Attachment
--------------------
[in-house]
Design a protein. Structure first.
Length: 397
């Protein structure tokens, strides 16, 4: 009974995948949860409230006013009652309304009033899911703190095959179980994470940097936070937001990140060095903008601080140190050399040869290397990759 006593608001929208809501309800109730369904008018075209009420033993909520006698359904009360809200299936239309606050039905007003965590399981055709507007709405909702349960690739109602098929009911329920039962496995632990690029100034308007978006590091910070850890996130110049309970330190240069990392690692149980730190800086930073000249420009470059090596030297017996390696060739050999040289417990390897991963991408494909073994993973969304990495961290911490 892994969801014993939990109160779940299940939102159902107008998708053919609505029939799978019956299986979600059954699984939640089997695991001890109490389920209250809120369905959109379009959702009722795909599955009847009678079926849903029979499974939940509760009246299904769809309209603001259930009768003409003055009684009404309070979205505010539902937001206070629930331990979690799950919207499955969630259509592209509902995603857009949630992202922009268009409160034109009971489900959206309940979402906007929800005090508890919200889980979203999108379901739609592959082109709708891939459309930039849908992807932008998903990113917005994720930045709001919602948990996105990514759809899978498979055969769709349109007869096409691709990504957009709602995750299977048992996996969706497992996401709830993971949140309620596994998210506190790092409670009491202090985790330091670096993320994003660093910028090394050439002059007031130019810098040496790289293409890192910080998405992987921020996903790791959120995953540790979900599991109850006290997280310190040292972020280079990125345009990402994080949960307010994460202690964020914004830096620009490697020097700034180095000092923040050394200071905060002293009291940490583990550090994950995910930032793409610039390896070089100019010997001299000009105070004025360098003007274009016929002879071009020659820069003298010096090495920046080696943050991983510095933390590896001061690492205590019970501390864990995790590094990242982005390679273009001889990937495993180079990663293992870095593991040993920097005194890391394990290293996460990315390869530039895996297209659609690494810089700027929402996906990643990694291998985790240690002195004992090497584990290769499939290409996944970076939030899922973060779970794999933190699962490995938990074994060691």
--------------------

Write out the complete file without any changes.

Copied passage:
[in-house]
Design a protein. Structure first.
Length: 397
């Protein structure tokens, strides 16, 4: 009974995948949860409230006013009652309304009033899911703190095959179980994470940097936070937001990140060095903008601080140190050399040869290397990759 006593608001929208809501309800109730369904008018075209009420033993909520006698359904009360809200299936239309606050039905007003965590399981055709507007709405909702349960690739109602098929009911329920039962496995632990690029100034308007978006590091910070850890996130110049309970330190240069990392690692149980730190800086930073000249420009470059090596030297017996390696060739050999040289417990390897991963991408494909073994993973969304990495961290911490 892994969801014993939990109160779940299940939102159902107008998708053919609505029939799978019956299986979600059954699984939640089997695991001890109490389920209250809120369905959109379009959702009722795909599955009847009678079926849903029979499974939940509760009246299904769809309209603001259930009768003409003055009684009404309070979205505010539902937001206070629930331990979690799950919207499955969630259509592209509902995603857009949630992202922009268009409160034109009971489900959206309940979402906007929800005090508890919200889980979203999108379901739609592959082109709708891939459309930039849908992807932008998903990113917005994720930045709001919602948990996105990514759809899978498979055969769709349109007869096409691709990504957009709602995750299977048992996996969706497992996401709830993971949140309620596994998210506190790092409670009491202090985790330091670096993320994003660093910028090394050439002059007031130019810098040496790289293409890192910080998405992987921020996903790791959120995953540790979900599991109850006290997280310190040292972020280079990125345009990402994080949960307010994460202690964020914004830096620009490697020097700034180095000092923040050394200071905060002293009291940490583990550090994950995910930032793409610039390896070089100019010997001299000009105070004025360098003007274009016929002879071009020659820069003298010096090495920046080696943050991983510095933390590896001061690492205590019970501390864990995790590094990242982005390679273009001889990937495993180079990663293992870095593991040993920097005194890391394990290293996460990315390869530039895996297209659609690494810089700027929402996906990643990694291998985790240690002195004992090497584990290769499939290409996944970076939030899922973060779970794999933190699962490995938990074994060691």